In the end, Engage was soundly defeated, and its reps, including leader David Hirsh, were voted out of being reps. What a triumph!

    The answer to the boycott threat in the first place was to do what the Board of Deputies finally did do once this calamity had played out, which was to use the law,which actually prevents unions from exercising the boycott actions they proposed to take.

    Could all have been done much more cheaply and honestly by sending a few solicitor's letters, and without helping the SWP take control of what was formerly a respectable academic union which they could never otherwise have captured, and gain much more publicity for their anti-zionist cause with the help of the Guardian and the BBC.

    Brian Goldfarb

    As a newcomer here, I'd like to take up just one segment of the comments (and original article). Bob says, above, "Or that the results of Engage's strategy have been "disastrous"? Or that a different strategy against an academic boycott would have been more effective?"

    As one who comments regularly on the Engage website and has had two articles published by them, I'd like to echo Bob's questions. UCU has been forced to a position where it cannot implement its boycott position: pressure both from its own lawyers and from members using the law (and retaining Anthony Julius) have seen to this. And our efforts on the site have had some effect here: there are people out here, many from the academic community (even if, like me, retired) who have helped strengthen the arms of those still fighting from within. I find it significant that, even when directly challenged, the Left Faction on the UCU Executive do not take up gauntlet - they know they have a weak case outside their own political coterie.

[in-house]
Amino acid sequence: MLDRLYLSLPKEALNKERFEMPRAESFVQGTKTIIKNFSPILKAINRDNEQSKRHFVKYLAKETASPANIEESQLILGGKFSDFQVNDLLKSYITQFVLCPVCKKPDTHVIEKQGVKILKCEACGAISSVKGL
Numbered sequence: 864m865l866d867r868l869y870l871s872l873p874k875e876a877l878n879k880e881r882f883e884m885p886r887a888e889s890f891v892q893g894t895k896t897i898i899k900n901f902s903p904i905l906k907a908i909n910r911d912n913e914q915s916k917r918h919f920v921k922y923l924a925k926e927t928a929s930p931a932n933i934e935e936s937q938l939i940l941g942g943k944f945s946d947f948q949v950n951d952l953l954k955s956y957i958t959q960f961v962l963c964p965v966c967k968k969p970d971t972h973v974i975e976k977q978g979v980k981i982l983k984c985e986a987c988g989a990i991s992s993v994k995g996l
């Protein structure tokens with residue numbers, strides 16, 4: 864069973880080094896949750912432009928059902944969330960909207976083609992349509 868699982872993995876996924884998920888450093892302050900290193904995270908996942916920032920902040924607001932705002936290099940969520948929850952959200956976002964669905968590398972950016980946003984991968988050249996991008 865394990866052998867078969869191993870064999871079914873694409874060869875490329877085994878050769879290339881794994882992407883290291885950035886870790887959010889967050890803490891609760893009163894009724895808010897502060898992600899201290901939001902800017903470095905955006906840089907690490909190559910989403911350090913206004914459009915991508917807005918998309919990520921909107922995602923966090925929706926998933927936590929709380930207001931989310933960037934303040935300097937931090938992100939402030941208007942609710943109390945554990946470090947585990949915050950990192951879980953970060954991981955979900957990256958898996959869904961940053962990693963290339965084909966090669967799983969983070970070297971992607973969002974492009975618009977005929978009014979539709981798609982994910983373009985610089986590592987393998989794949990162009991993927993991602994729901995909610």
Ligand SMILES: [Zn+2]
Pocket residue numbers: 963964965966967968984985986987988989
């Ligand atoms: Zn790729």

BTW, is Engage really composed of a lot of "soft Trotskyists"? As a recidivist Labour voter and sometime party member, who lived through the entryism crisis of the 80s (as a Hattersleyite, of all things), I find that hard to believe. I think I'm reasonably well-attuned to such nuances...and Trotskyites, soft or otherwise, are not noted for their support for Israel and a two-state solution.